But valuation is not the only point of negotiation in a transaction—far from it. Transaction structure plays an important role in the outcomes for founders, in some cases taking precedence over valuation in a transaction.
Transaction Structure With and Without Competition
Buyers prefer to add some degree of "structure" to a transaction to essentially protect their investment as opposed to a clean purchase where there’s an exchange of the business for cash at close (which sellers would usually prefer).
A couple ways buyers add structure to the transaction are through:
- Deferred payments and earnouts
- Non-cash consideration
An earnout structure is when the buyer carves out a portion of the money/stock to be paid to the seller and sets objectives the seller must reach to "earn" that portion back over a set time period. The objectives are often tied back to reaching financial thresholds such as $X revenue or EBITDA in a given year/quarter.
Some of the issues with earnouts include:
Loss of decision-making power towards reaching objectives. Whether you’re selling a minority, majority, or full stake in your company, your new shareholders will have significant decision-making power in the business. As a result, they may be able to block some of the initiatives you would like to implement to reach your earnout goals.
Misalignment with buyers about performance vs. integration. After a transaction closes, buyers are going to be focused on integrating the acquisition into their existing systems. You, on the other hand, will want to close off the business to integrations/firm-wide initiatives as these will cloud the ability to measure the earnout performance and distract you from achieving the earnout.
Misalignment with buyers about the cost and value of earnout objectives. In some cases the value gained by the buyer if the earnout objective is hit might not be worth the cost in paying out the earnout, so right out of the gate you’re misaligned with buyers.
Market risk. Unexpected market shifts outside your control can inhibit your ability to reach earnout thresholds.
The earnout portion might be 10%, it might be 50%, but in our experience earnouts are extremely risky and rarely paid out. When we negotiate on behalf of our clients, we don’t consider earnouts as worth nothing, but the value is highly discounted and we negotiate heavily on this point.
Note: In software transactions, earnouts are rare and essentially unacceptable. Sophisticated buyers should know that, so if a buyer in a software transaction proposes an earnout, that’s a serious red flag.
Non-cash consideration is when a buyer exchanges their own stock or other non-cash currency for a portion of your company’s stock, instead of using cash.
Allowing for stock might be acceptable to a seller if the buying company is publicly traded, as these assets are highly liquid (unless the stock is stuck in a lock-up provision, in which case you can’t sell the stock immediately). If the company is private, on the other hand, taking stock may or may not be a form of acceptable currency, especially depending on the percent of business value transacted as stock.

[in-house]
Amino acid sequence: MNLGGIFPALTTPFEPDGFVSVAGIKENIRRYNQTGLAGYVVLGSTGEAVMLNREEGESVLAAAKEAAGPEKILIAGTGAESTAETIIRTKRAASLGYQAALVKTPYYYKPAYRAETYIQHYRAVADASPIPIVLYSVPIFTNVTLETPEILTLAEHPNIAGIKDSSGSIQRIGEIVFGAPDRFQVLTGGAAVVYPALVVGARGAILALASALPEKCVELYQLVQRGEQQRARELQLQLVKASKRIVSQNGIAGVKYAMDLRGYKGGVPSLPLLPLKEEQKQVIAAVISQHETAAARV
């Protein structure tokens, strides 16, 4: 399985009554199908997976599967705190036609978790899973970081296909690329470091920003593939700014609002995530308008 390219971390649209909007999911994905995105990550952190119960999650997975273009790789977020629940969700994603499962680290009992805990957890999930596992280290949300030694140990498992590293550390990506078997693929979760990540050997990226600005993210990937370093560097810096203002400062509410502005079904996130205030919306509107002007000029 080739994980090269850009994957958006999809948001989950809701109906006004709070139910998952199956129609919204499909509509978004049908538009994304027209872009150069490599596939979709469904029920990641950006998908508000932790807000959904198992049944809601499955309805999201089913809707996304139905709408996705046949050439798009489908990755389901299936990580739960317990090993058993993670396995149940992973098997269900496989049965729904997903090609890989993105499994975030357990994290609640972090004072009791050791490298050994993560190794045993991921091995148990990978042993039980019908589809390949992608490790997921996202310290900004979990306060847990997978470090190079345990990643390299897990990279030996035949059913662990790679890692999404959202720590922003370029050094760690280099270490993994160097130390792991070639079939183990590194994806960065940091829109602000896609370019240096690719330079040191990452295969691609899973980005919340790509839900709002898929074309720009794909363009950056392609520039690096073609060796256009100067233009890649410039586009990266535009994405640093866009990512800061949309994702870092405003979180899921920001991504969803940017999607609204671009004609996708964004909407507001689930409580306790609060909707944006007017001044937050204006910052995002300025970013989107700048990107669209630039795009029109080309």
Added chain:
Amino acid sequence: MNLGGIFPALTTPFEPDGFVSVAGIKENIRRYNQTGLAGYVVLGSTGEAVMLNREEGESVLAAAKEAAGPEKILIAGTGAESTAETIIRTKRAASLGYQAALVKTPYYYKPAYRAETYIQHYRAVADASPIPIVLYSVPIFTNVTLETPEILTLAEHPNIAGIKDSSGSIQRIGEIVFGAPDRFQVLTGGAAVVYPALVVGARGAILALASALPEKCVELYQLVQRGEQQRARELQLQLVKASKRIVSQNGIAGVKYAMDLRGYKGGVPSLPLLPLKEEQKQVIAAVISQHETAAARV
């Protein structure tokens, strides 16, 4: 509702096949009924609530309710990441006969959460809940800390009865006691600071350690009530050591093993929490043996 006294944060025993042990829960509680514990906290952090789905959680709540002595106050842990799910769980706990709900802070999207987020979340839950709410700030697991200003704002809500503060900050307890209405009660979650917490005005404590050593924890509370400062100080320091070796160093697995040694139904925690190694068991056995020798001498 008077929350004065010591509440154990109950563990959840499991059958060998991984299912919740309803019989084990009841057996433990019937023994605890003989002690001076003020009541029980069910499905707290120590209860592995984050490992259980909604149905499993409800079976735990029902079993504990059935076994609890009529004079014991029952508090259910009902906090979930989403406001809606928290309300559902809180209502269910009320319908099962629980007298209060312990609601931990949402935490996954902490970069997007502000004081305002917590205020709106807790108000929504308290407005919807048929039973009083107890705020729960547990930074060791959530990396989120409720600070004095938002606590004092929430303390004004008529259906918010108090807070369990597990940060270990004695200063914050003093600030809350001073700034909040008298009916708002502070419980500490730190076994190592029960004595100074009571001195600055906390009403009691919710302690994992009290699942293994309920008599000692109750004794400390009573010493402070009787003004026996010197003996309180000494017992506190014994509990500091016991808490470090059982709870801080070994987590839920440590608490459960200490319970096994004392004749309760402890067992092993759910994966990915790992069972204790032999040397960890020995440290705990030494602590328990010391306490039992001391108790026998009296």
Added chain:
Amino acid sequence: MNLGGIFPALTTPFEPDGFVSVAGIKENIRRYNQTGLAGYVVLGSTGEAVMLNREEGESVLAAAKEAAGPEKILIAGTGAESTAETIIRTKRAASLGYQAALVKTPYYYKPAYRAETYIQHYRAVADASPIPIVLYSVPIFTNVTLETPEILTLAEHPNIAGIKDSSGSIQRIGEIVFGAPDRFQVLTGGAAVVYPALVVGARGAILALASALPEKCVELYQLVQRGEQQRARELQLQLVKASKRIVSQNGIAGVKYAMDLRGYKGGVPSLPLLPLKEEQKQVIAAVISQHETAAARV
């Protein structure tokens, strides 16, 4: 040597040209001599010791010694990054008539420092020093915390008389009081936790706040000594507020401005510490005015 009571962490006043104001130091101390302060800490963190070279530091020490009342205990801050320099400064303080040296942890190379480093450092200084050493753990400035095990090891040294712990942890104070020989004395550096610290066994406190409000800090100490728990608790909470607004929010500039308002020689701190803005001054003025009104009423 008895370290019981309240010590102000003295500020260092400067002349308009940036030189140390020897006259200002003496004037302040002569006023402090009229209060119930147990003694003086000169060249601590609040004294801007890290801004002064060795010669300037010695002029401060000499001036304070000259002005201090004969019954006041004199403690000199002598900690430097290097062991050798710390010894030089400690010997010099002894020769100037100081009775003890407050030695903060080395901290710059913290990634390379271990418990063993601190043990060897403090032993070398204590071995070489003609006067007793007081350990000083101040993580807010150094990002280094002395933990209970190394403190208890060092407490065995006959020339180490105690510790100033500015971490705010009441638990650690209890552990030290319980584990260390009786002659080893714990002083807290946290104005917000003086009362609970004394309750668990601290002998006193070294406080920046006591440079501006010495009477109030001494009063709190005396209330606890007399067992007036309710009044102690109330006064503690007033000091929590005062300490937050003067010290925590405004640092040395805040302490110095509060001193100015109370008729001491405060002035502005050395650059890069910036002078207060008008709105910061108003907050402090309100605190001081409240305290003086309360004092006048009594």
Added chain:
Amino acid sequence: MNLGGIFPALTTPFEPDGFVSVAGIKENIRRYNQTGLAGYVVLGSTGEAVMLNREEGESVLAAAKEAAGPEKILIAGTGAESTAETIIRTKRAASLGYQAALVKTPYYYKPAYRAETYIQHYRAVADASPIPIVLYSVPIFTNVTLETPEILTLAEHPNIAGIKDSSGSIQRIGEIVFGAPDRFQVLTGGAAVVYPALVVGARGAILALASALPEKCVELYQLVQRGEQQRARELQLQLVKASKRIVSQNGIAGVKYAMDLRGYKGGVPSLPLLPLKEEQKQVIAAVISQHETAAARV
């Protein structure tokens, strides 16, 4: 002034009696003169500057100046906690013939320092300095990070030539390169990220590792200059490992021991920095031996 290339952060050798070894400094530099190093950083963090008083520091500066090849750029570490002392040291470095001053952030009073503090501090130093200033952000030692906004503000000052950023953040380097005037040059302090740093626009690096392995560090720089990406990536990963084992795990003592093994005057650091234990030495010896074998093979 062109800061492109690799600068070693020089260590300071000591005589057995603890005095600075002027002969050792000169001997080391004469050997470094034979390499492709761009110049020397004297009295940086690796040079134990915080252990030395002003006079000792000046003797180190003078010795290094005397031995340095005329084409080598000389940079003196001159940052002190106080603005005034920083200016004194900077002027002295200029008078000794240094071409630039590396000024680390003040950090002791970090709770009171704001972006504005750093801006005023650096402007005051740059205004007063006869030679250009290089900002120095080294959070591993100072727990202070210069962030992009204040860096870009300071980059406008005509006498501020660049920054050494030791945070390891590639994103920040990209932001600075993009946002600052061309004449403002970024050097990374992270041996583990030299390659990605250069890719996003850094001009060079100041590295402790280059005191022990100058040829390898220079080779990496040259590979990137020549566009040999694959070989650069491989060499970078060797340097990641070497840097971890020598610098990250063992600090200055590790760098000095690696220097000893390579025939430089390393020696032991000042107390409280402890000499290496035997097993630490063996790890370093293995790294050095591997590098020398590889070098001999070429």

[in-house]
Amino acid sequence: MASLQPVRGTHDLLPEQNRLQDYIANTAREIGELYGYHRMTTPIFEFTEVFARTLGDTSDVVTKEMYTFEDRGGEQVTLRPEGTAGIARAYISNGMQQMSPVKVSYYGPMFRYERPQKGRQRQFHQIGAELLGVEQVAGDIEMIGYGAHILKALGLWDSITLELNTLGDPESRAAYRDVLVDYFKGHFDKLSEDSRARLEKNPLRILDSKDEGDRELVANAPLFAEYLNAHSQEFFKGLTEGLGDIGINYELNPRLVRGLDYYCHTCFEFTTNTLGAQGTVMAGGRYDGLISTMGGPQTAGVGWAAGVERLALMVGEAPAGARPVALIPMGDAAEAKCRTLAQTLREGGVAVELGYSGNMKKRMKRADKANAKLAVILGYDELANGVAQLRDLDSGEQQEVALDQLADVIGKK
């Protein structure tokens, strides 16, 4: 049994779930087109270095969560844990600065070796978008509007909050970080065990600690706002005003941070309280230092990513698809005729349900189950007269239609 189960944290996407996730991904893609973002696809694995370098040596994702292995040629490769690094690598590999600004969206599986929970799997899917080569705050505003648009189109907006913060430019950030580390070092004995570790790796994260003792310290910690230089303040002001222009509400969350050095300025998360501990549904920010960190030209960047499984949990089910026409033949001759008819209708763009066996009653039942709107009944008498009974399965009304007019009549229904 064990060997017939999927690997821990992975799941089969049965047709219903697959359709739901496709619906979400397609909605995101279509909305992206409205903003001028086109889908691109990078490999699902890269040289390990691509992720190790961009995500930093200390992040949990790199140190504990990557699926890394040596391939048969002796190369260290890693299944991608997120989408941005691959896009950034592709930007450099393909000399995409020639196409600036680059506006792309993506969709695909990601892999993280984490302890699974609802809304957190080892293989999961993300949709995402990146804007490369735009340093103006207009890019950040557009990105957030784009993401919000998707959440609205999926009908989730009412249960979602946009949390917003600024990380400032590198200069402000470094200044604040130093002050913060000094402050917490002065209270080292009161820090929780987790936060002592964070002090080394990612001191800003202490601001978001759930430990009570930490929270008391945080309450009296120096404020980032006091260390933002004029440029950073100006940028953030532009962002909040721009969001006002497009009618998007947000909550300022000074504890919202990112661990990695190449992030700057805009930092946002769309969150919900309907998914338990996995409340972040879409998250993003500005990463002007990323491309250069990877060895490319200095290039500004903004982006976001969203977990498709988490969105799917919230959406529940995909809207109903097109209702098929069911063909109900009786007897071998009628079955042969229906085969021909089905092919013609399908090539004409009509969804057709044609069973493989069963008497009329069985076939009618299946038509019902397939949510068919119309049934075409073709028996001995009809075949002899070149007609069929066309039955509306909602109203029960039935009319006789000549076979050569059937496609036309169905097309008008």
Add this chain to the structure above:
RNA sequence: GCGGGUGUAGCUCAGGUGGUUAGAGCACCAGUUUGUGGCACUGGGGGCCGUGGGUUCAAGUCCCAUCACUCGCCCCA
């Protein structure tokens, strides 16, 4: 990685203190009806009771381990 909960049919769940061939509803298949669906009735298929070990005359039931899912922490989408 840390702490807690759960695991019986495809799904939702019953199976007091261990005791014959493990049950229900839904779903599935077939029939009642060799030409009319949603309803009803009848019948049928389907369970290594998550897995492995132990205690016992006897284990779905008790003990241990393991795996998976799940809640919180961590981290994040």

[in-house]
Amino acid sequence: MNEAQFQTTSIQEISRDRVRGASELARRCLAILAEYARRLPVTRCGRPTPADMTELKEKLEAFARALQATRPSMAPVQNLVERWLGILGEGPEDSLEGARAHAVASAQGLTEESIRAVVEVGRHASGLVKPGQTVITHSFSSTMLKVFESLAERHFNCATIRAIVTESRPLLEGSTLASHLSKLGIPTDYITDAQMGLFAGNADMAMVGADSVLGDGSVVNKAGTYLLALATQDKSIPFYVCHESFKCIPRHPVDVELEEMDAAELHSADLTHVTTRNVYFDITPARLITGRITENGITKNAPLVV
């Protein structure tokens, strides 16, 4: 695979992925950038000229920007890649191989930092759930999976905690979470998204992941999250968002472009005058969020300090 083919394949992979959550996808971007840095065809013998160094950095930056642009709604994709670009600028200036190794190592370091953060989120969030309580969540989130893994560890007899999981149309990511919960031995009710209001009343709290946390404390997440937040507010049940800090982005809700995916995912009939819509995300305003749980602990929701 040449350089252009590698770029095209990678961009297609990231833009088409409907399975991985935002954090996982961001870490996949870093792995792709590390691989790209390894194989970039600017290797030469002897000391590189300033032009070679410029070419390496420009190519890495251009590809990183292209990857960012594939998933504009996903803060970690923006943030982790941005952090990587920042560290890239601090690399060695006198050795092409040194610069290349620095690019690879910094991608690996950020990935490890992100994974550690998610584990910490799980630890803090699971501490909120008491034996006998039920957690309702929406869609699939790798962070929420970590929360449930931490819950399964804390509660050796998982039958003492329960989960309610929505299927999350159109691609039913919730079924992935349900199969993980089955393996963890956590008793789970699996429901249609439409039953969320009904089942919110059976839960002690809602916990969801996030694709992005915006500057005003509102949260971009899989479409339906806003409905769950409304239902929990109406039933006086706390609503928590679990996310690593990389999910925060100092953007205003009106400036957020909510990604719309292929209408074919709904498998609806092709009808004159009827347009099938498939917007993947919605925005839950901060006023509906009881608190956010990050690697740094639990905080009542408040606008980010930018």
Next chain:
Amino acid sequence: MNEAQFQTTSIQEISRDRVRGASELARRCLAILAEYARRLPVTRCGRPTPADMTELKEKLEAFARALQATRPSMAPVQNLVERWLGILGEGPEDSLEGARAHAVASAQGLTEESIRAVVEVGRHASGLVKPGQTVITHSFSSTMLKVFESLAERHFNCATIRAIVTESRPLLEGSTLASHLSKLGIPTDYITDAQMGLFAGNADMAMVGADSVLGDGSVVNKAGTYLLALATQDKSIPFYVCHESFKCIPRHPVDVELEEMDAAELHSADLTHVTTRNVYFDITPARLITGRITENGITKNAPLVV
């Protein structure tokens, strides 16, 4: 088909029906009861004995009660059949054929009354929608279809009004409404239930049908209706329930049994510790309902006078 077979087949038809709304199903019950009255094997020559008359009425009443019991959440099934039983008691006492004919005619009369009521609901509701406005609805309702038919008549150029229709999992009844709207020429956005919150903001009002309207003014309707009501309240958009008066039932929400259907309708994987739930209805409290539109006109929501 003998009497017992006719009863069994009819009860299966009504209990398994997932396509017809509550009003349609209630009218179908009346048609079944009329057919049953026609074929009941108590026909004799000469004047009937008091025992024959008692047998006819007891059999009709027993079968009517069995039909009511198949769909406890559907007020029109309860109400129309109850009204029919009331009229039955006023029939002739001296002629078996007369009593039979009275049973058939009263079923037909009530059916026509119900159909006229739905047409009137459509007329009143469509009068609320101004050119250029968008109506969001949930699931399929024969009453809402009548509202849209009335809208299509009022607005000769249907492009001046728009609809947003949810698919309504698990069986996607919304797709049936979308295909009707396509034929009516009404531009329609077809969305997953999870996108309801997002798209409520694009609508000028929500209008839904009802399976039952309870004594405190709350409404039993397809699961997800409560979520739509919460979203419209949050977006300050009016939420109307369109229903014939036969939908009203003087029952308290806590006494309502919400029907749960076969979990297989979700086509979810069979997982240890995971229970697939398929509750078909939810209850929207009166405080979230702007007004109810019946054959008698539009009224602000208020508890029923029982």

Private stock presents challenges for founders because:
Private stock is highly illiquid. Just like with your business, there’s not a freely tradable market for the stock you would acquire in a stock transaction. Even worse, now you are at the mercy of the buyer in terms of the eventual liquidation, as they call all the shots for the future sale of the business.
Valuation is unknown. Buyers can play games with the "value" of the stock they are giving you. As such, you will want to tie the valuation to some form of outside independent party (i.e. a recent funding round, 409(a)).
You lose control over the future value of the private stock. Today you own all the decisions to grow the value of your business’ stock. When integrated into the larger business, you will have very little stock and decision-making power.
As with negotiating valuation, leverage is key. If one buyer is offering a relatively rigid earnout and stock purchase structure and others are not, you as the seller have the leverage you need to demand a better structure. Otherwise, you have other options you can accept.
Timelines With and Without Competition
You might assume that involving more buyers would slow down the selling process. The opposite is true. When you have multiple buyers all competing for the same asset (your business), you will have the leverage you need to incite buyers to act quickly.
How buyers try to drive the timeline and slow down the process
At first, a buyer may appear to be moving fast as they will want you to sign a letter of intent (LOI) relatively quickly.
Founders often see these LOIs as the equivalent of finalized purchase agreements, in which the buyer has agreed to the final terms for the deal. In reality, what a buyer is likely trying to do is lock you into a relationship with them that may or may not lead to a closed deal.
The signing of an LOI in a noncompetitive process usually includes a basic form letter, with little detail and thought into outlining the key terms in the purchase agreement. Signing this LOI is followed by an unnecessarily long exclusivity period (60-90+ days long), during which you’re not allowed to engage with other buyers.
Buyers will tell you the exclusivity period is necessary to justify the time and resources dedicated to conducting due diligence. In reality, they’ve achieved the convenient side-benefit of turning your business into a call option that they may or may not invest in, depending on:
What the buyer discovers during diligence. During diligence, buyers are going to dig into your company’s finances, accounting, HR, customer data, technology and more to see what they can find. For you as the seller, there is no upside to diligence, only downside. If everything checks out to the buyer’s satisfaction, they don’t pay you more, they just close the deal as planned. But if they find anything bad, the result is a renegotiation in valuation and terms.